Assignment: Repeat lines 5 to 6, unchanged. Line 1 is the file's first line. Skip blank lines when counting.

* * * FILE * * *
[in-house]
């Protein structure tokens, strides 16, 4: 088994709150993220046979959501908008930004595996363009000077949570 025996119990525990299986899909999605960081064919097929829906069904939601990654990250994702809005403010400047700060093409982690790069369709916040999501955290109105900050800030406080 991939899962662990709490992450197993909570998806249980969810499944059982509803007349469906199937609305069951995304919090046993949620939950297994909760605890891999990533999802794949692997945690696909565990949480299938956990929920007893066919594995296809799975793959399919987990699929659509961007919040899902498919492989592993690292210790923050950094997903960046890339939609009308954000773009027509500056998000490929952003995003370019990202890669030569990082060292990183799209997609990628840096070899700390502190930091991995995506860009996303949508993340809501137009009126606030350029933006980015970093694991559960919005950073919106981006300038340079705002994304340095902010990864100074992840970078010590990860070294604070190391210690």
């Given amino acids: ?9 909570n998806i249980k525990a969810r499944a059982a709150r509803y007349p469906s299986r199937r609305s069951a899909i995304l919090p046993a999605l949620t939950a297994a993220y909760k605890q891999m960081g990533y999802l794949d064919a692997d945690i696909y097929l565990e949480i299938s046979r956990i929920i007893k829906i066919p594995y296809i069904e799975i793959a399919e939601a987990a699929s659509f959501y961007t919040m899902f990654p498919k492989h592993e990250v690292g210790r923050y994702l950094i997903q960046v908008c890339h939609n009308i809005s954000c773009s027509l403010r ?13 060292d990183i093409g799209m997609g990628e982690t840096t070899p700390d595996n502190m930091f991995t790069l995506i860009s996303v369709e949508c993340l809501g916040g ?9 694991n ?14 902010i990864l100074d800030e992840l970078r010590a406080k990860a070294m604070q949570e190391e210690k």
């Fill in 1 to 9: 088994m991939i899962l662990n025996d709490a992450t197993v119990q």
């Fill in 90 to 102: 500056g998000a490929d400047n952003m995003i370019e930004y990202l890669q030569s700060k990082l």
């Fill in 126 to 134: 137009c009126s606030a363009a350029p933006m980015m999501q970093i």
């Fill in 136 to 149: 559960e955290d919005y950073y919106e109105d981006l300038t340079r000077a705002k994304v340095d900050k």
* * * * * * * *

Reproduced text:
């Fill in 90 to 102: 500056g998000a490929d400047n952003m995003i370019e930004y990202l890669q030569s700060k990082l």
């Fill in 126 to 134: 137009c009126s606030a363009a350029p933006m980015m999501q970093i």